From grief to hope - a religious Shoah message
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For the past two years, we have been engaged in a major experiment in Anglo-Jewry: finding a way of giving religious expression to Yom ha-Shoah, Holocaust Remembrance Day - which falls this Sunday - in a way that will guarantee its continuity across the generations even when there are no more survivors to share their memories and stories with us.
Isaiah Berlin called Jews the people of history, but it is more precise to say that we are the people of memory. Jews, as Professor Yosef Hayyim Yerushalmi noted, were the first people to see memory as a religious command, and as central to the religious life. Zakhor is one of the great Jewish imperatives but it applies to the Holocaust with particular force.
The problem is that we have still not found an adequate way of giving remembrance a canonical religious expression, in the way we do for the exodus on Pesach, or the destruction of the Temples on Tisha be-Av.
We have no Holocaust equivalent of the Haggadah, although there are many Haggadot, including my own, that include a prayer in memory of the Shoah. Nor do we have an equivalent to the Kinot, Elegies, said on Tisha be-Av in memory of the destruction of the Second Temple and of Jewish tragedies subsequently, through virtually every service on that day includes a Kinah about the Holocaust.
Holocaust remembrance has until now tended to be secular
So we have religious ways of remembering the Shoah on other days but not on Yom ha-Shoah itself. Some synagogue movements have developed them, and there have been various writers, religious and secular, who have written Megillot about the Holocaust, inspired by Chaim Nachman Bialik's Megillat ha-Esh (Scroll of Fire) written in 1905, but none has won general acceptance.
Neither have the several forms of Holocaust Seder service. Nor is this surprising. The Holocaust resists easy assimilation into the religious paradigms of the past. It is sui generis. It does not do it full justice to see it as one more form of slavery in Egypt, or one more echo of the destruction of the Temple.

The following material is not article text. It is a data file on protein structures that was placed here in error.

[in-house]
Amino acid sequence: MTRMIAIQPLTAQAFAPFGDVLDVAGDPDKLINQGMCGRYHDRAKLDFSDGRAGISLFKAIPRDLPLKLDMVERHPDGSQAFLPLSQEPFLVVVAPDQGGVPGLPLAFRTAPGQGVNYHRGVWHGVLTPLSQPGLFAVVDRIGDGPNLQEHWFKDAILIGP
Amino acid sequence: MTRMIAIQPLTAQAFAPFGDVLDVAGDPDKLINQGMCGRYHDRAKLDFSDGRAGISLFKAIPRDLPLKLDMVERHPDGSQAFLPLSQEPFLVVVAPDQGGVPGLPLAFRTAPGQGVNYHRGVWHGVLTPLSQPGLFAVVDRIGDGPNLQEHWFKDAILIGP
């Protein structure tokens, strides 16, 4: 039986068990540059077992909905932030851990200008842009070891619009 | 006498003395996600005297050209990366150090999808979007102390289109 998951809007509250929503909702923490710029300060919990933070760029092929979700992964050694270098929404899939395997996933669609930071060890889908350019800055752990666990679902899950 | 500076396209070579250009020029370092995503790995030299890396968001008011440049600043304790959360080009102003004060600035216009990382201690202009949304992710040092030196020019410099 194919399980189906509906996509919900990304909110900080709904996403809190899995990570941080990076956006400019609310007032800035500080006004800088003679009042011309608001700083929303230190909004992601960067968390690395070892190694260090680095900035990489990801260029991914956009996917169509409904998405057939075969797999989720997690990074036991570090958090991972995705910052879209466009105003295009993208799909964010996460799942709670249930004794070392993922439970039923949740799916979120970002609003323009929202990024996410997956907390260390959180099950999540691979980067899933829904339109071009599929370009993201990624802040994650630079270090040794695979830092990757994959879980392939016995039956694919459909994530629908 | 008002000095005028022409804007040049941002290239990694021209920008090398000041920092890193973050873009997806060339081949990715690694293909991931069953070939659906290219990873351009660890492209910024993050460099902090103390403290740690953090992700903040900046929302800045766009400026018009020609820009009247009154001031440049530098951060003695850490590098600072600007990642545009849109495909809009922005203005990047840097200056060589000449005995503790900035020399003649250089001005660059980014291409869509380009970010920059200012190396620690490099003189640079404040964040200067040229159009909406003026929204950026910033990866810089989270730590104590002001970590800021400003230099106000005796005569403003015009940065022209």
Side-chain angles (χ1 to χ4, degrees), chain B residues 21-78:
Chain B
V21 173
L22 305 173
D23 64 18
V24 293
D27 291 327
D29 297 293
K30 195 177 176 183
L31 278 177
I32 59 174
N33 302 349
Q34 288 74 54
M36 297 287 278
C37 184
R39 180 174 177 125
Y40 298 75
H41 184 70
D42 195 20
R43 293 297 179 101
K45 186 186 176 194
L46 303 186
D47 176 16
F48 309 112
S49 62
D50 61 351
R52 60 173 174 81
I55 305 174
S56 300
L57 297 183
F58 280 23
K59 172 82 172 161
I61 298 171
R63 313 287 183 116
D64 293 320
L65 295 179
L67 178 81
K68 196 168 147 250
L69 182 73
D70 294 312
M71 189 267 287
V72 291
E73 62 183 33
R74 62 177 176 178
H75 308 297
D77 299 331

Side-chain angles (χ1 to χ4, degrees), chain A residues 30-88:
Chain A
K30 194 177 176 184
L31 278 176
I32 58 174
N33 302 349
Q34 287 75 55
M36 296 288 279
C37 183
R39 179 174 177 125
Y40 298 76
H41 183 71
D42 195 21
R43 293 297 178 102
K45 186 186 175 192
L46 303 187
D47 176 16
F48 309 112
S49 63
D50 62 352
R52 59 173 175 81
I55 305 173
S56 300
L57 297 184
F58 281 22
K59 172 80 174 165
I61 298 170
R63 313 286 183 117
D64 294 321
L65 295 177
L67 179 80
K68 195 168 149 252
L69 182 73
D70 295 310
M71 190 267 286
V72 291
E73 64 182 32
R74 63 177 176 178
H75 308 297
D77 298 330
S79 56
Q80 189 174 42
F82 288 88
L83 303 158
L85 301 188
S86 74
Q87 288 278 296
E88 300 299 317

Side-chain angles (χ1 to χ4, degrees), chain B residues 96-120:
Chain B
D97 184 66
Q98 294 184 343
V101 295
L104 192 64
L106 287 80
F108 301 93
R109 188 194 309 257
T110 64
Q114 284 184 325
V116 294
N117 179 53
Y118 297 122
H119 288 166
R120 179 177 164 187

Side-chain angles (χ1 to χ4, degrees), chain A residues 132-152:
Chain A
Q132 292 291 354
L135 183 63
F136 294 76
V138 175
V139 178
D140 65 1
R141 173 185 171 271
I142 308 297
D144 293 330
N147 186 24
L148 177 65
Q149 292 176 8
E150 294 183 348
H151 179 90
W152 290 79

Until now, most Holocaust remembrance ceremonies have tended, in essence, to be secular events based on survivor testimonies. But we have to plan for a time when there will be no more survivors.
To be sure, their testimonies will survive in the many books they have written, or that have been written about them, and in the recordings made, most notably by Steven Spielberg's Shoah Foundation Institute, as well as in the permanent Holocaust Exhibition at the Imperial War Museum. But still we need an act of Zikaron, religiously inflected memory, to ensure that Yom ha-Shoah has a permanent place in Jewish life.
So, two years ago, we assembled a group of rabbis, cantors, a choir and children of survivors to devise such a service, built around music, narration and imagery. Its theme was and will remain, "From grief to hope", and the passing on of memory from one generation to the next. Commemorations have been held at the Elstree and Borehamwood Synagogue and Edgware and both have been intensely moving. This year, it will be held at the Ilford Synagogue on the night of May 2.
Later in the year, we will be making a film based on this service, which will be available to all synagogues and schools throughout the world, on DVD and YouTube.
The aim is not to establish a definitive form of service but rather to inspire and stimulate individual communities and schools to create their own. It took many centuries for the Haggadah to become what it is today, and I have no doubt that the same will be true about Holocaust remembrance. But at least we will have made a start and set a process into motion.
Memory takes time. If you look carefully at the biblical texts relating to the questions of the four sons of the Haggadah, you will see that three of them appear in the book of Exodus. One - the wise son - appears in the book of Deuteronomy, set 40 years later.
It can take several generations even to ask the right question, let alone to find an adequate answer.
However, the astonishing fact is that after the worst crime against humanity in all of history, the Jewish people did not sit paralysed by grief, weeping for its lost communities and murdered children, nursing hatred and seeking revenge. With an awesome strength of mind and will, it faced the future and chose life.
It created the State of Israel. The leaders of the Yeshivah and Chasidic communities encouraged their followers to marry and have children and repopulate their shattered world. We in Anglo-Jewry, this past generation, have built schools at a rate unprecedented in our community's past.
The Jewish people rebuilt itself in ways that will one day be recognised, by all who study history, as one of the greatest-ever victories of the human spirit over despair. That is the post-Holocaust journey from grief to hope.
Lord Sacks is Chief Rabbi of the United Hebrew Congregations of the Commonwealth